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AI vs Machine Learning: What’s the Difference?

Artificial Intelligence, abstract artistic human head portrait made of dotted particles array, vector software digital visual interface. Digital soul, spirit of technological time.

AI and machine learning (ML) are often used interchangeably, but they’re not technically the same thing. However, the difference is smaller than you think, and once you understand it, you’ll never mistake the two again. The following is a very basic explanation and omits many technical aspects of AI vs ML which go beyond the scope of the intended audience. The following definitions and examples attempt to lay a foundation for further exploration around these topics.

AI encompasses a wide range of technologies and techniques, including natural language processing, computer vision, robotics, and expert systems, in addition to machine learning. Machine learning, on the other hand, is a specific approach to building AI systems, which is based on the idea of enabling machines to learn from data without being explicitly programmed.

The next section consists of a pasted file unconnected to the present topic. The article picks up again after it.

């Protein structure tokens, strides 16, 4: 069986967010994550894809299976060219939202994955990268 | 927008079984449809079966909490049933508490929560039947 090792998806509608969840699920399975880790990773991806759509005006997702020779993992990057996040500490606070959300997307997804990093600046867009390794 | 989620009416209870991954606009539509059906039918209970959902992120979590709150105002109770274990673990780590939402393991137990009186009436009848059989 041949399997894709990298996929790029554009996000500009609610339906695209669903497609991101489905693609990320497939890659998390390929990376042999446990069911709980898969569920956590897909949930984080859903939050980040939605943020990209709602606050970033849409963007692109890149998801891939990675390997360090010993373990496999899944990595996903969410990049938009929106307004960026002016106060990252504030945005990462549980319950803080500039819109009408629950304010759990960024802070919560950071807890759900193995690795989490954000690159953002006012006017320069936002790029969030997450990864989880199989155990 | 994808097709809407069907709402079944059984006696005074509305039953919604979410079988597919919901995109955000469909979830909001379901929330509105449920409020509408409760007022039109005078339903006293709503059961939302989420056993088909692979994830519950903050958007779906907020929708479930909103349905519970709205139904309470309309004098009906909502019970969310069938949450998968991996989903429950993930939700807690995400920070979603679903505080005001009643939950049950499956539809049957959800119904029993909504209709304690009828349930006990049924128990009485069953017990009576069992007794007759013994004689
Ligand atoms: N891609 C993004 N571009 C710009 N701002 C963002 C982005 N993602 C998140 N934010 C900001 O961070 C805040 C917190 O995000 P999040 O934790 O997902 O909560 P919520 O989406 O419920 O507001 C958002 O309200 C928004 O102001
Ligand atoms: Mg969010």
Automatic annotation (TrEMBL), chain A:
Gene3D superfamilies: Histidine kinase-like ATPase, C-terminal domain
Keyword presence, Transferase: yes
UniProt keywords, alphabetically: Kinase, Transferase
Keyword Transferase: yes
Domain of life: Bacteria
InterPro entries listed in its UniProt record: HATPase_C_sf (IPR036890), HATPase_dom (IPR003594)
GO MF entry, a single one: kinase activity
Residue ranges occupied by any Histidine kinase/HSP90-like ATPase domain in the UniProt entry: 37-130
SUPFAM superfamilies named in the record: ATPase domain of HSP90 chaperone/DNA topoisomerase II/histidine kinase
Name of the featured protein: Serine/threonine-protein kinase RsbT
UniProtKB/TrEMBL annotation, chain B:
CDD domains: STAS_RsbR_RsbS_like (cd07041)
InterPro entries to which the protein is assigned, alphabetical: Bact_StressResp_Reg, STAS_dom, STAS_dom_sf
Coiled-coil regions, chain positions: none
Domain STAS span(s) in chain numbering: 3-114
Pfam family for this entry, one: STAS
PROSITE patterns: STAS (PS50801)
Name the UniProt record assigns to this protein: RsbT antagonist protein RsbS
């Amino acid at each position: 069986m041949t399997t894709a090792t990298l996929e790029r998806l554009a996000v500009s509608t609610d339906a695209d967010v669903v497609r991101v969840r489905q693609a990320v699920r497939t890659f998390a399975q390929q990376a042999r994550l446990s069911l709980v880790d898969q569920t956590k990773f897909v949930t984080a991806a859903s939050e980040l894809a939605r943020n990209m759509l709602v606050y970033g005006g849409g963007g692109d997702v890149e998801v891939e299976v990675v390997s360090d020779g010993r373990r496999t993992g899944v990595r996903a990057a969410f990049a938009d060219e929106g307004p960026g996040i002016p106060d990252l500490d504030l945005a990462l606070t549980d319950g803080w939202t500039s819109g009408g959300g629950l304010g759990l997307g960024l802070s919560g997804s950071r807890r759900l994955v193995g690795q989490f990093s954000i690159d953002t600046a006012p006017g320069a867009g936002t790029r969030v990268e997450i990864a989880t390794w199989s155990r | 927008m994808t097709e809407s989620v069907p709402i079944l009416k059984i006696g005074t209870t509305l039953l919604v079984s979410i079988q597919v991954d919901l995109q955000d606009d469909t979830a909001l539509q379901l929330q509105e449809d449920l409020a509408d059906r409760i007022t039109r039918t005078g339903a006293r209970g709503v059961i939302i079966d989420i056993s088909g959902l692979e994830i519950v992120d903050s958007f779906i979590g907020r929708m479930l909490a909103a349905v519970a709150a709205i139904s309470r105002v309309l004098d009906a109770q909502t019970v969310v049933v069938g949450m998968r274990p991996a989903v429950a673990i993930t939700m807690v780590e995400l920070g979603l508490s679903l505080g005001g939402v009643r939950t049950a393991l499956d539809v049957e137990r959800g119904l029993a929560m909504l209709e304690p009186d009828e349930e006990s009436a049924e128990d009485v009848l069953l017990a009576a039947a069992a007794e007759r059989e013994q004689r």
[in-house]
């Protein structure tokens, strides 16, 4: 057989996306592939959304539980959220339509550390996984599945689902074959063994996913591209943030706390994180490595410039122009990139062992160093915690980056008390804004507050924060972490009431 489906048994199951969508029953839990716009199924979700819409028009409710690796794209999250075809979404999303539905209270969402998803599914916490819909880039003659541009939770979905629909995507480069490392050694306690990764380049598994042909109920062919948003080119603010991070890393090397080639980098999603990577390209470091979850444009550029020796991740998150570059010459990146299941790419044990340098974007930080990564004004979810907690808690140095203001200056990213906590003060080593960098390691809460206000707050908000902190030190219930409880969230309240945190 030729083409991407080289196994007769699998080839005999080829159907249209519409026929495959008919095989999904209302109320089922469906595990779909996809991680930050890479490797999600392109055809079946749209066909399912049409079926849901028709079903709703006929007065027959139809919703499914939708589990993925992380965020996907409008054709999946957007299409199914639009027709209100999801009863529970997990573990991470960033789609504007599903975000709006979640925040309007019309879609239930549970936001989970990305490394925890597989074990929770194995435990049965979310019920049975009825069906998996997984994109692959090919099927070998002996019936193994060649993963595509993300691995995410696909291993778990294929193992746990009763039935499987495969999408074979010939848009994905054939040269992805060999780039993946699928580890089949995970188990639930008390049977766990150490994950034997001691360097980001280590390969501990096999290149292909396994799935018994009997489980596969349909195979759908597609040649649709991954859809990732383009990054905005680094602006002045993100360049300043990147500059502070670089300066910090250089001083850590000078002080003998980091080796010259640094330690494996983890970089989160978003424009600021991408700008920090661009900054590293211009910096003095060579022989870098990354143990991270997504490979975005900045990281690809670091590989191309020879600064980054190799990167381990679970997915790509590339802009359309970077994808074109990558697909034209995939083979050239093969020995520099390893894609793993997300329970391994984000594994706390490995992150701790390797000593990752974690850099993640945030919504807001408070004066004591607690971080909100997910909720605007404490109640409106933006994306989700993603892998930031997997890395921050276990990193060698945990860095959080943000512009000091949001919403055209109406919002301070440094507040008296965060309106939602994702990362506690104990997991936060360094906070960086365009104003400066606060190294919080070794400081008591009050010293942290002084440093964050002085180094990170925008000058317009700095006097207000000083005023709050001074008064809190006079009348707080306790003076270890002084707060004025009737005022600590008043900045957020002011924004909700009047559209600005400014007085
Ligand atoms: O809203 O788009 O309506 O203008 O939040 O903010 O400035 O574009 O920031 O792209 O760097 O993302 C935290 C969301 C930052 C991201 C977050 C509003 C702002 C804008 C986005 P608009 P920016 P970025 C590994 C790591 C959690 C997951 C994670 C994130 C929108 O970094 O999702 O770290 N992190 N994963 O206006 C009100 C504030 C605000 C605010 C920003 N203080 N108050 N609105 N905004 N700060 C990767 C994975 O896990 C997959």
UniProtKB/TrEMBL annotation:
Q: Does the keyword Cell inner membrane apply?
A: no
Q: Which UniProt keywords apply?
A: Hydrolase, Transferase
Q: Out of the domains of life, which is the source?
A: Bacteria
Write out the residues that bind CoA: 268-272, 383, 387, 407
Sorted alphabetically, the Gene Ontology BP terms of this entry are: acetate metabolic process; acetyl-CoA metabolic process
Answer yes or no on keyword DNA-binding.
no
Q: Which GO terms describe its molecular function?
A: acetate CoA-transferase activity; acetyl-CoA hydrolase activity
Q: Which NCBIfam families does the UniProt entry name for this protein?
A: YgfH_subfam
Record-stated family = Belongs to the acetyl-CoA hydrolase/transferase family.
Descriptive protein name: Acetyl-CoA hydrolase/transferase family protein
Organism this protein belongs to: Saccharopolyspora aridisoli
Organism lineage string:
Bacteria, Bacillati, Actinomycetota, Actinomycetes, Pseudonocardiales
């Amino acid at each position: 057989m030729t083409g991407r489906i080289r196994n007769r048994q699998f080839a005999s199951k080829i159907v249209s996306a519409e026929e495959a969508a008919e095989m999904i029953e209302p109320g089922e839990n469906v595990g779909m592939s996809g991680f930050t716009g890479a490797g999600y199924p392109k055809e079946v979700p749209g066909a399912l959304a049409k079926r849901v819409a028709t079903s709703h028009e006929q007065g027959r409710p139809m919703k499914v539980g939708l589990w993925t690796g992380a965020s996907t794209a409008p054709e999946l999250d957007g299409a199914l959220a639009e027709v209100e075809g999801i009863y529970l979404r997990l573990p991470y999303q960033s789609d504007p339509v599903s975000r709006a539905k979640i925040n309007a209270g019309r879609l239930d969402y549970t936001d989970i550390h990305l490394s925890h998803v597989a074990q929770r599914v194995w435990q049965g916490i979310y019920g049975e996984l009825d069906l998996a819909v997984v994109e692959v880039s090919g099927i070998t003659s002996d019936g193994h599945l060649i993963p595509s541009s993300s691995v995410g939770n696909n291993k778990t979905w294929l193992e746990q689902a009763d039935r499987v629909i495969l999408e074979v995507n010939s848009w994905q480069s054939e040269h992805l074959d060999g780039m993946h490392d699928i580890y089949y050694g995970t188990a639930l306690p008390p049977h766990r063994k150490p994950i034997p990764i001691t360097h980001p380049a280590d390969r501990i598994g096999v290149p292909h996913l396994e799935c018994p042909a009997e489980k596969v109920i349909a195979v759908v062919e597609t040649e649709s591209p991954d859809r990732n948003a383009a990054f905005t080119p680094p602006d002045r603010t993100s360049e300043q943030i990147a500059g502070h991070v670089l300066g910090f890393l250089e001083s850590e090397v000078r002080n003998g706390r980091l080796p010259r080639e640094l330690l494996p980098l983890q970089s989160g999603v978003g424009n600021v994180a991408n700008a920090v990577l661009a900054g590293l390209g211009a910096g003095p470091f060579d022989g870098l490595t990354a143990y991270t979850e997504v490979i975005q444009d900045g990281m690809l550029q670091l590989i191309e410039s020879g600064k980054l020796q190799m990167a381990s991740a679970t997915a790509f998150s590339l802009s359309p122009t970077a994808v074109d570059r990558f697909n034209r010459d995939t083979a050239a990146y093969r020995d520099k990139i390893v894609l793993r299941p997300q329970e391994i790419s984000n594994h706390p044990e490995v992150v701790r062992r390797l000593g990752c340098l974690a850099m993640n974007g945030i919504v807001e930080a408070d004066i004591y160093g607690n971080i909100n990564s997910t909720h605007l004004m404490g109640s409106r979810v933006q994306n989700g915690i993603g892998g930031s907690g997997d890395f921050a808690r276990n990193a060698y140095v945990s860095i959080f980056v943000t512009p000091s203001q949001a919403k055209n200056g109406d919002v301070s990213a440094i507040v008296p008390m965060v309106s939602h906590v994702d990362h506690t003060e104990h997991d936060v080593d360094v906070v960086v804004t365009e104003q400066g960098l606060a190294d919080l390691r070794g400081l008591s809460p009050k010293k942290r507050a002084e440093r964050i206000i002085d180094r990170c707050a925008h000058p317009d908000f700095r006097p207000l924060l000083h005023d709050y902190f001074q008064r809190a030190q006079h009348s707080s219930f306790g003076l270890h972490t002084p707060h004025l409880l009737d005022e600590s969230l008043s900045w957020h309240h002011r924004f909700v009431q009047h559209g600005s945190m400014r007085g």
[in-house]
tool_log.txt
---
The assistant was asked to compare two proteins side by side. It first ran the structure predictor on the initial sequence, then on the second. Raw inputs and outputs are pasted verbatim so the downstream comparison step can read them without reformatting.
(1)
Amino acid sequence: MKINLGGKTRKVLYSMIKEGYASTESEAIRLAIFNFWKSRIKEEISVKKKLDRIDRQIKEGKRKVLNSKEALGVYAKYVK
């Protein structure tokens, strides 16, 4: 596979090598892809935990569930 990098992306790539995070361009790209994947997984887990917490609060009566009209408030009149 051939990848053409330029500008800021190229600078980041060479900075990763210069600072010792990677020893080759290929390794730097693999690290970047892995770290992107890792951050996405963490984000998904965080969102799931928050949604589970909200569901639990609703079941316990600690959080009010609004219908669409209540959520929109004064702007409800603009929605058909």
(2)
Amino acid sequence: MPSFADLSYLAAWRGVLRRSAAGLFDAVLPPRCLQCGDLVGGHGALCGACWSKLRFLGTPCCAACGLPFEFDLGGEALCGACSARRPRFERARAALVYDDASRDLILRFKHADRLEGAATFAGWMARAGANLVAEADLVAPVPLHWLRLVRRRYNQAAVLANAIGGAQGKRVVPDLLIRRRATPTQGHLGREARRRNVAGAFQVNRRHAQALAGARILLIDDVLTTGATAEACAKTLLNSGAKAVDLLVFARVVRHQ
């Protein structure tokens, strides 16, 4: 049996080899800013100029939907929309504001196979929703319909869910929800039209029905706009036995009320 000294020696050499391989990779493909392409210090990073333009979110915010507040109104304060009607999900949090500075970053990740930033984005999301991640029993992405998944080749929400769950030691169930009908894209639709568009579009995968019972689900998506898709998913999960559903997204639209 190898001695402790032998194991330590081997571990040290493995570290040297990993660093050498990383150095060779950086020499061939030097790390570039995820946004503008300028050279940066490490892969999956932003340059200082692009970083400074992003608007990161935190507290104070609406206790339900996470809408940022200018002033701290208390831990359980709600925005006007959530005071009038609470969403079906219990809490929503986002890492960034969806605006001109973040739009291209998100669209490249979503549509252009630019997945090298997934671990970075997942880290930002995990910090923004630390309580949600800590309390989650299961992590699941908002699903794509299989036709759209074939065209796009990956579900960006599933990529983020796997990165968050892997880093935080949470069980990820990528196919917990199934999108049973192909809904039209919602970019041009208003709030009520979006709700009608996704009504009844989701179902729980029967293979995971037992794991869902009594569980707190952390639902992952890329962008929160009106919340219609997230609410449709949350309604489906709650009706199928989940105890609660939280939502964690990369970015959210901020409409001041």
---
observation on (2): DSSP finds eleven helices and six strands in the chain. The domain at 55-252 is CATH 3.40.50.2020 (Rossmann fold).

Artificial Intelligence: The Entire Robot

Artificial intelligence (AI) is a broad term that refers to creating machines that can perform tasks that normally require human intelligence. Examples of such tasks include visual perception, speech recognition, decision-making, and language translation. There are many subsets and subfields of AI, each of which tries to solve a specific problem and/or takes a different approach to creating “intelligence”. Here are the five most recognized subsets of AI:

  1. Natural Language Processing (NLP) focuses on enabling machines to understand, interpret, and generate human language. NLP is used in applications such as chatbots, voice assistants, and language translation. ChatGPT is an NLP.
  2. Computer Vision is concerned with enabling machines to interpret and understand visual data from the world around them. Computer vision is used in applications such as object detection or facial recognition. Autonomous vehicles, like some Tesla models, use computer vision.